Monday, February 06, 2006

New York Times on Deutsch

The New York Times has a pretty effective summation of all the hankey-pankey going on in the public affairs offices of NASA. I seem to remember the Soviet Union being held in contempt for its heavy reliance on "political officers." President Bush's close relationship with Russia's ex-KGB head honcho, Vladimir Putin, is starting to make more sense.
Mr. Deutsch did not respond to e-mail or phone messages. On Friday evening, repeated queries were made to the White House about how a young presidential appointee with no science background came to be supervising Web presentations on cosmology and interview requests to senior NASA scientists.

The only response came from Donald Tighe of the White House Office of Science and Technology Policy. "Science is respected and protected and highly valued by the administration," he said.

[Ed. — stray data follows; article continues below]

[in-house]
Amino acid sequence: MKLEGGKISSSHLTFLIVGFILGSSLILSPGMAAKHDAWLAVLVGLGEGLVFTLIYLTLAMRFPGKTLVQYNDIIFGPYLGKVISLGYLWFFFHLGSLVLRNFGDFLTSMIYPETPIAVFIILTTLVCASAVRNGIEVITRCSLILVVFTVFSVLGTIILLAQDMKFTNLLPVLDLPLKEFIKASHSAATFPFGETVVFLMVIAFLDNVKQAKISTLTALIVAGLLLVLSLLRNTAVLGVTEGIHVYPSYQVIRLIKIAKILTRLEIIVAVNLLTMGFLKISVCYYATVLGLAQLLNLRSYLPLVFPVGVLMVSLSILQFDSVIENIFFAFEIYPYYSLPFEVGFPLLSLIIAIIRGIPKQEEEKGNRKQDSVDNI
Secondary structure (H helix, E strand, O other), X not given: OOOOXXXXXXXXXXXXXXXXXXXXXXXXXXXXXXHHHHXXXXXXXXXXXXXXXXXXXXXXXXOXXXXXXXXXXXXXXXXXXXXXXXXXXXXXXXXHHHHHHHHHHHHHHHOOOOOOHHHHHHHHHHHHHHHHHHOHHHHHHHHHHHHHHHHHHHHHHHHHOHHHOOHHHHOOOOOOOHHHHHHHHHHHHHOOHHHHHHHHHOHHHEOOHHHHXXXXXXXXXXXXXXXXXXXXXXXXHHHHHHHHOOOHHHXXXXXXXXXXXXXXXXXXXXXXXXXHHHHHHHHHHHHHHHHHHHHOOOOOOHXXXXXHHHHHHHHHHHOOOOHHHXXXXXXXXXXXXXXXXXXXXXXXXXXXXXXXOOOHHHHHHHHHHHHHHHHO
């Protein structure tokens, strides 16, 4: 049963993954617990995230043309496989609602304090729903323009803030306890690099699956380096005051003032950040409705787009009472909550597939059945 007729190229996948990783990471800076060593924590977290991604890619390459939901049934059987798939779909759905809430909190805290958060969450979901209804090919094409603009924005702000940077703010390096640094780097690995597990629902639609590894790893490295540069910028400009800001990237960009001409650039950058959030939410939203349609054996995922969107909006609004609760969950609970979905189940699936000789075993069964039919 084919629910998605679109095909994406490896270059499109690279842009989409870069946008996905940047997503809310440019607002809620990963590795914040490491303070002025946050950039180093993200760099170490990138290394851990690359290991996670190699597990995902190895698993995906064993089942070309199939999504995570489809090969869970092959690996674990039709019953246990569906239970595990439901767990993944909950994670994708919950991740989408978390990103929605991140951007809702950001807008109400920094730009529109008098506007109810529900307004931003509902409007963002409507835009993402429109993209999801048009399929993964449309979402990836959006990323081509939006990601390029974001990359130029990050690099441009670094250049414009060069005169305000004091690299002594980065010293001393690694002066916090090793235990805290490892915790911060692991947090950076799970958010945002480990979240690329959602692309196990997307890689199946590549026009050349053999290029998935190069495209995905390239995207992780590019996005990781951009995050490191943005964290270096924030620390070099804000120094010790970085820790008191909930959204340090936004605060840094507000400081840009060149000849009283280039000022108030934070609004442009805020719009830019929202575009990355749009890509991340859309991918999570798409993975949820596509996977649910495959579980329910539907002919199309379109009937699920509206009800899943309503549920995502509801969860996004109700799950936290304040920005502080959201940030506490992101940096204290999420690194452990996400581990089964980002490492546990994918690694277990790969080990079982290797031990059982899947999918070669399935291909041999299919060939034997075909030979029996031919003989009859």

The next thing you know, U.S. school children will be learning Lamarkian biology rather than those pesky, flawed "Mendel squares."

Now Playing: R.E.M. Green


  1. George C. Deutsch, the young presidential appointee at NASA who told public affairs workers to limit reporters' access to a top climate scientist and told a Web designer to add the word "theory" at every mention of the Big Bang, resigned yesterday, agency officials said.

    NASA Chief Backs Agency Openness (Feb. 4, 2006) Mr. Deutsch's resignation came on the same day that officials at Texas A&M University confirmed that he did not graduate from there, as his resume on file at the agency asserted.

  2. This is, of course, fantastic news. Not that Deutsch resigned (although that's worthy of celebration), but rather that he never graduated. My journalism degree no longer feels debased.